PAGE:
With the platform of breaking stereotypes and empowering women, Vail came in the top 10 for Miss America 2014, although she lost the crown to Miss New York, Nina Davuluri. Vail was never worried about the win, though. Before the pageant, she tweeted, “Win or not tonight, I have accomplished what I set out to do. I have empowered women. I have opened eyes.” Vail is going to continue her influence in the public spotlight with a new show on the Outdoor Channel entitled, Limitless With Theresa Vail, which is set to air this July.
2) Miss Montana Alexis Wineman
Alexis Wineman is another outstanding woman who broke ground at the Miss America pageant; she’s the first contestant with autism to ever vie for the crown. Wineman was diagnosed with autism when she was 11 years old and is considered to be on the “high functioning” end of the spectrum. Her quirks made it difficult for her to fit in with her classmates in grade school, and she had frequent meltdowns at home. In high school, Wineman became more involved in extracurriculars and was able to garner healthy friendships at school. As the youngest of four kids, it was only near the end of high school that Wineman started thinking about how she would be able to afford going to college.
Although she was never a girly-girl, Wineman entered the Miss Montana competition to try to earn scholarship money to further her education. She won and went on to compete for Miss America 2013. Although she didn’t win the crown, Wineman was voted “America’s Choice” by an online poll for the public. During her year-long reign as Miss Montana and even afterwards, Wineman traveled across Montana and even out-of-state to raise awareness for autism.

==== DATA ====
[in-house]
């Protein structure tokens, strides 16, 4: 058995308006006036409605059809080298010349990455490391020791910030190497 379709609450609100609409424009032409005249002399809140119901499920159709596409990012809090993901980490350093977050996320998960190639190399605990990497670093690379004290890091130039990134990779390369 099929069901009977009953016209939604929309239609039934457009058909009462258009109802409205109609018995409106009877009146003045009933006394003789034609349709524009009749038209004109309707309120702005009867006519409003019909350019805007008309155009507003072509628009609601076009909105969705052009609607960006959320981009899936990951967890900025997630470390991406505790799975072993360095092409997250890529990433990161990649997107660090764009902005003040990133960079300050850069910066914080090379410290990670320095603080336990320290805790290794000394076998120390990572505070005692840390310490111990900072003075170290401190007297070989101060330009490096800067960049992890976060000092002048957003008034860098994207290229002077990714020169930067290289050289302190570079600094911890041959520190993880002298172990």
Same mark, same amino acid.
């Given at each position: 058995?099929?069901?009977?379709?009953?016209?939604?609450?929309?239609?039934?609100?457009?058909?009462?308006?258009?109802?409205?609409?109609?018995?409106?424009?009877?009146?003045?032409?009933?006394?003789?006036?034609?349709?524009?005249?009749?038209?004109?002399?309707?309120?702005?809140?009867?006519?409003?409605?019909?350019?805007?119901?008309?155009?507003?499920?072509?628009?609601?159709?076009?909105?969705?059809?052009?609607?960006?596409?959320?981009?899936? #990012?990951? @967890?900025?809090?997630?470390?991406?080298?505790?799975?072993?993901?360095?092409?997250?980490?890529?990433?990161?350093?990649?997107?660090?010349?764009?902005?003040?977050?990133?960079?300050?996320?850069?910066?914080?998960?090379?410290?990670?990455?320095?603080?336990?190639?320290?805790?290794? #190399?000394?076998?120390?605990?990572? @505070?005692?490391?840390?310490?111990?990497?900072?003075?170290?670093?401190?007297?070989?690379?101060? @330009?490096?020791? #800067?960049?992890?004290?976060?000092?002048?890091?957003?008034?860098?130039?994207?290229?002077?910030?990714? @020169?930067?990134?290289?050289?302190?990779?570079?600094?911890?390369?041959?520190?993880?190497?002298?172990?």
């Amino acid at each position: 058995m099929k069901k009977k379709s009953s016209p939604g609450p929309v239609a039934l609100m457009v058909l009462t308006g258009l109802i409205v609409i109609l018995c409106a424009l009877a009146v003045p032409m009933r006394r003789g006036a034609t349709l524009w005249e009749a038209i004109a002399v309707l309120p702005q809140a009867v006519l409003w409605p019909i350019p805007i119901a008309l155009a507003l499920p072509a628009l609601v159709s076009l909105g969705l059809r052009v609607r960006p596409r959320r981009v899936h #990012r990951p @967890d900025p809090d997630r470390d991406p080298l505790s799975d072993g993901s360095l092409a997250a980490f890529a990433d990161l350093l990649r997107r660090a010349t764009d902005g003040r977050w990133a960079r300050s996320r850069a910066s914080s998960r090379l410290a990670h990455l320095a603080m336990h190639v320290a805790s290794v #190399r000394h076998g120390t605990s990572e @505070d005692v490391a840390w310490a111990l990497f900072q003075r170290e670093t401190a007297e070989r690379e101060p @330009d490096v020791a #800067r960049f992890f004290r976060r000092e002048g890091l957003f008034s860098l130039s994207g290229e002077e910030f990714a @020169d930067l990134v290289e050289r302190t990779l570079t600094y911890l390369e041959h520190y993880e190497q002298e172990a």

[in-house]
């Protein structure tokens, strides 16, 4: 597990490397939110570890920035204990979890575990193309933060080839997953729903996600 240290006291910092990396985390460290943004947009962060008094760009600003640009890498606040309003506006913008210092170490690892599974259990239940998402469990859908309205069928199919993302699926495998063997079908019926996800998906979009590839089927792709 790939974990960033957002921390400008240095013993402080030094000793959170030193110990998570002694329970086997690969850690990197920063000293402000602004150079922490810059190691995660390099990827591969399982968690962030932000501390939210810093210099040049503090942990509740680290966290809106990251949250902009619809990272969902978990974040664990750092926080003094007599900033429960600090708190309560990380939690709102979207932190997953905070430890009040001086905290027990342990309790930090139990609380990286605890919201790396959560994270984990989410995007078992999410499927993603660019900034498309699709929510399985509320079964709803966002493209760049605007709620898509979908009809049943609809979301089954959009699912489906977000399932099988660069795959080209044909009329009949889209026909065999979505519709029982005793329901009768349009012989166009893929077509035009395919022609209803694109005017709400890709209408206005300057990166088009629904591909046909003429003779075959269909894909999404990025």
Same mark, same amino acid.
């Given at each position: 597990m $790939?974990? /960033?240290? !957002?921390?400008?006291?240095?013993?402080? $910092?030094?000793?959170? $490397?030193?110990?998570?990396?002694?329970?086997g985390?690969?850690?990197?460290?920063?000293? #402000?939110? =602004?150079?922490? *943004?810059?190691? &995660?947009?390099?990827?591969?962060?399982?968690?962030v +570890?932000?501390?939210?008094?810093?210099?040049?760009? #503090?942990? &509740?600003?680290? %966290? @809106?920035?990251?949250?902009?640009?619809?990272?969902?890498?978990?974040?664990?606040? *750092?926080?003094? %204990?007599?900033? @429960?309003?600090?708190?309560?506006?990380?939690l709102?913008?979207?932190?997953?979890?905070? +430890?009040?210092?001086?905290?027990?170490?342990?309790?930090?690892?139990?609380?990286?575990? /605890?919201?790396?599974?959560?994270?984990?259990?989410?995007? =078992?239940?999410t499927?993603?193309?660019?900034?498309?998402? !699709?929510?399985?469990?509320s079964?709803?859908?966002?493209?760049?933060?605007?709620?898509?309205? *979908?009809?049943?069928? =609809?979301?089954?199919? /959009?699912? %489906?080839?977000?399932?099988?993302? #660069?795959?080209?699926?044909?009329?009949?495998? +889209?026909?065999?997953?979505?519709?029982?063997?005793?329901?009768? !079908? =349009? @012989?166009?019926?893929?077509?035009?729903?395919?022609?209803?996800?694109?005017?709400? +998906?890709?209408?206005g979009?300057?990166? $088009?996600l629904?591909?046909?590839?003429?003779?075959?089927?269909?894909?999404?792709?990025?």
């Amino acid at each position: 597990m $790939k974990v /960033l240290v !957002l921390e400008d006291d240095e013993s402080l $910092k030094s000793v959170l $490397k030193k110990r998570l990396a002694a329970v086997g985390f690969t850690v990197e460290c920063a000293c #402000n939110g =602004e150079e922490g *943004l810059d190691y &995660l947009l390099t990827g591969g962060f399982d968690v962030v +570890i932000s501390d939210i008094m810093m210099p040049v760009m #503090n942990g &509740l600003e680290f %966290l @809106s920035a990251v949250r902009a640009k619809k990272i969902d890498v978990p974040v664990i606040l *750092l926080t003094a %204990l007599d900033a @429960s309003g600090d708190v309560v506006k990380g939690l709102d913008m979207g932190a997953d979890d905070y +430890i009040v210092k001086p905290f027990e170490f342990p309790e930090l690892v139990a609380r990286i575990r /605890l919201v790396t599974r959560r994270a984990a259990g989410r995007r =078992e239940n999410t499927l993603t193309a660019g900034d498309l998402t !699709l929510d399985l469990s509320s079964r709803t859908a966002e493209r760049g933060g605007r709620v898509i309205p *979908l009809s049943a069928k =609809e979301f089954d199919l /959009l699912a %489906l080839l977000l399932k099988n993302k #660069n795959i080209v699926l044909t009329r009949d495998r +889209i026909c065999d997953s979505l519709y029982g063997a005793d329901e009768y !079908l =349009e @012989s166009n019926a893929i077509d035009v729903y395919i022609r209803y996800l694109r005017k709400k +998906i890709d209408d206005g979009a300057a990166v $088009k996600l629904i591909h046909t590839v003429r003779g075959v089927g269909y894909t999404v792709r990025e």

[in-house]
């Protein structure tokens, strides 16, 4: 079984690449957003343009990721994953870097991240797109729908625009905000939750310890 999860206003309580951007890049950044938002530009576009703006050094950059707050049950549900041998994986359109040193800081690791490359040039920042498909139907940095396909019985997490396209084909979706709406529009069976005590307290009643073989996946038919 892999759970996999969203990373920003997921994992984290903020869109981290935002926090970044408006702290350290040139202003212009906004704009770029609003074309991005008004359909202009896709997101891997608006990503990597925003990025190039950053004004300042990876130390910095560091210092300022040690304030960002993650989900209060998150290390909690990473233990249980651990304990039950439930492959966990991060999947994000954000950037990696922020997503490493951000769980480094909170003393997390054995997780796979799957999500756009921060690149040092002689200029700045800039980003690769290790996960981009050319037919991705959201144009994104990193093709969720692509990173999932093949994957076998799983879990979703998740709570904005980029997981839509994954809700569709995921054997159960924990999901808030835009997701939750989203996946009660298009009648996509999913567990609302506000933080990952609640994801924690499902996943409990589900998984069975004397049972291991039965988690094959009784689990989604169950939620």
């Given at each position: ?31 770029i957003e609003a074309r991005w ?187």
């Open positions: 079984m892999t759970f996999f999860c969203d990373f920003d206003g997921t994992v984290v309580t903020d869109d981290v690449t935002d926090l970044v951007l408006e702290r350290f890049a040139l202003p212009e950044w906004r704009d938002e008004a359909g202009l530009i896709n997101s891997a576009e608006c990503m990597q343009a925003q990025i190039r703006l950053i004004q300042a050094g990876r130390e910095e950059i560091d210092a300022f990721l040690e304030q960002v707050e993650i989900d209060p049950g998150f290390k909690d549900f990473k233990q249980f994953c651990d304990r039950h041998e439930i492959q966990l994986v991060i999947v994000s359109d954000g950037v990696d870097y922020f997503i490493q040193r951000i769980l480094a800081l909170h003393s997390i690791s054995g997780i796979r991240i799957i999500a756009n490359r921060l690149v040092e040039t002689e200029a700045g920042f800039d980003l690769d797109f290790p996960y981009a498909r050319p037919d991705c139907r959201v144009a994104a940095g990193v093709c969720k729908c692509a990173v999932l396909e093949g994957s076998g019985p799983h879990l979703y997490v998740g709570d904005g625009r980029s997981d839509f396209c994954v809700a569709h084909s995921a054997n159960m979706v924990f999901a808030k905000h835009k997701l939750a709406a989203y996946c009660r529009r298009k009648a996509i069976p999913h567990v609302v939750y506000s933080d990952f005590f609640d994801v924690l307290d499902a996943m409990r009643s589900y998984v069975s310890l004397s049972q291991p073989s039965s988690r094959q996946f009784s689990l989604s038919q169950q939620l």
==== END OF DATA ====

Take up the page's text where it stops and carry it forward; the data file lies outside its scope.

1) Miss Canada contestant Jenna Talackova
Jenna Talackova didn’t have an easy time entering into the Miss Universe Canada pageant, and it wasn’t for her lack of good looks. The transgender woman was disqualified from the competition when the officials learned she was born as a boy, and not a girl. Talackova wouldn’t take no for answer, and immediately hired a lawyer when she got the news.
Before the case went to trial, Donald Trump, who owns Miss Universe, reversed the rule that contestants have to be natural born females. Because of Talackova, anyone who is legally considered a female in their country, no matter how they were born, is now eligible for Miss Universe. Talackova made it to the top 12 at Miss Canada 2012, and although she didn’t win the crown, she did earn the title of Miss Congeniality.
Ever since she was little, Talackova knew something “wasn’t right” and began to realize she was “in the wrong body.” After years of therapy, Talackova began taking hormones and eventually underwent surgery to become a complete physical woman. Talackova said about her role in changing Miss Universe, “I feel like the universe, the creator just put me in this position as an advocate… If it’s helping anybody else, my story and my actions, then I feel great about it.”